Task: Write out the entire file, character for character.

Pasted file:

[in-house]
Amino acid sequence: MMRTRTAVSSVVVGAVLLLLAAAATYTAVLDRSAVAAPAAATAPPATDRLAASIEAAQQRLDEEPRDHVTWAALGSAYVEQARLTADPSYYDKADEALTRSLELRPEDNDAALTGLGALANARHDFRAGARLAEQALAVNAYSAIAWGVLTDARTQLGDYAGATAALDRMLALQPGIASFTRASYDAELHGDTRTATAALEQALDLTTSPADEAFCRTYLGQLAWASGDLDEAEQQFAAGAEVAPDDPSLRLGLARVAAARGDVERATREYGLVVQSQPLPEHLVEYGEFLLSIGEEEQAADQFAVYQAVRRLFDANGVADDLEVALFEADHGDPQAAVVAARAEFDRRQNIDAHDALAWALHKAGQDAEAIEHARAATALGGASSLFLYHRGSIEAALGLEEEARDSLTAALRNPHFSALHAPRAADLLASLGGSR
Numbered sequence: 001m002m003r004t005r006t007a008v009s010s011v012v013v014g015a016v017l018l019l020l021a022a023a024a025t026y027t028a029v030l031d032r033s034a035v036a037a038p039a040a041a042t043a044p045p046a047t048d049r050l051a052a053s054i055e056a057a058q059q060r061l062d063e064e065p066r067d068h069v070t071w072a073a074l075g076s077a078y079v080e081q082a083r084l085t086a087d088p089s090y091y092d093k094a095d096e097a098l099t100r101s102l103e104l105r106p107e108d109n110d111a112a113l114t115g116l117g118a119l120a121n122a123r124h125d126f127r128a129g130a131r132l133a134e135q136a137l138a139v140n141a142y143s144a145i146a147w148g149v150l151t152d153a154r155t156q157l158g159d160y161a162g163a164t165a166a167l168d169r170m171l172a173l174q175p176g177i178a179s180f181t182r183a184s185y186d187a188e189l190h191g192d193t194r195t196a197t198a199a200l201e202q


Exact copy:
[in-house]
Amino acid sequence: MMRTRTAVSSVVVGAVLLLLAAAATYTAVLDRSAVAAPAAATAPPATDRLAASIEAAQQRLDEEPRDHVTWAALGSAYVEQARLTADPSYYDKADEALTRSLELRPEDNDAALTGLGALANARHDFRAGARLAEQALAVNAYSAIAWGVLTDARTQLGDYAGATAALDRMLALQPGIASFTRASYDAELHGDTRTATAALEQALDLTTSPADEAFCRTYLGQLAWASGDLDEAEQQFAAGAEVAPDDPSLRLGLARVAAARGDVERATREYGLVVQSQPLPEHLVEYGEFLLSIGEEEQAADQFAVYQAVRRLFDANGVADDLEVALFEADHGDPQAAVVAARAEFDRRQNIDAHDALAWALHKAGQDAEAIEHARAATALGGASSLFLYHRGSIEAALGLEEEARDSLTAALRNPHFSALHAPRAADLLASLGGSR
Numbered sequence: 001m002m003r004t005r006t007a008v009s010s011v012v013v014g015a016v017l018l019l020l021a022a023a024a025t026y027t028a029v030l031d032r033s034a035v036a037a038p039a040a041a042t043a044p045p046a047t048d049r050l051a052a053s054i055e056a057a058q059q060r061l062d063e064e065p066r067d068h069v070t071w072a073a074l075g076s077a078y079v080e081q082a083r084l085t086a087d088p089s090y091y092d093k094a095d096e097a098l099t100r101s102l103e104l105r106p107e108d109n110d111a112a113l114t115g116l117g118a119l120a121n122a123r124h125d126f127r128a129g130a131r132l133a134e135q136a137l138a139v140n141a142y143s144a145i146a147w148g149v150l151t152d153a154r155t156q157l158g159d160y161a162g163a164t165a166a167l168d169r170m171l172a173l174q175p176g177i178a179s180f181t182r183a184s185y186d187a188e189l190h191g192d193t194r195t196a197t198a199a200l201e202q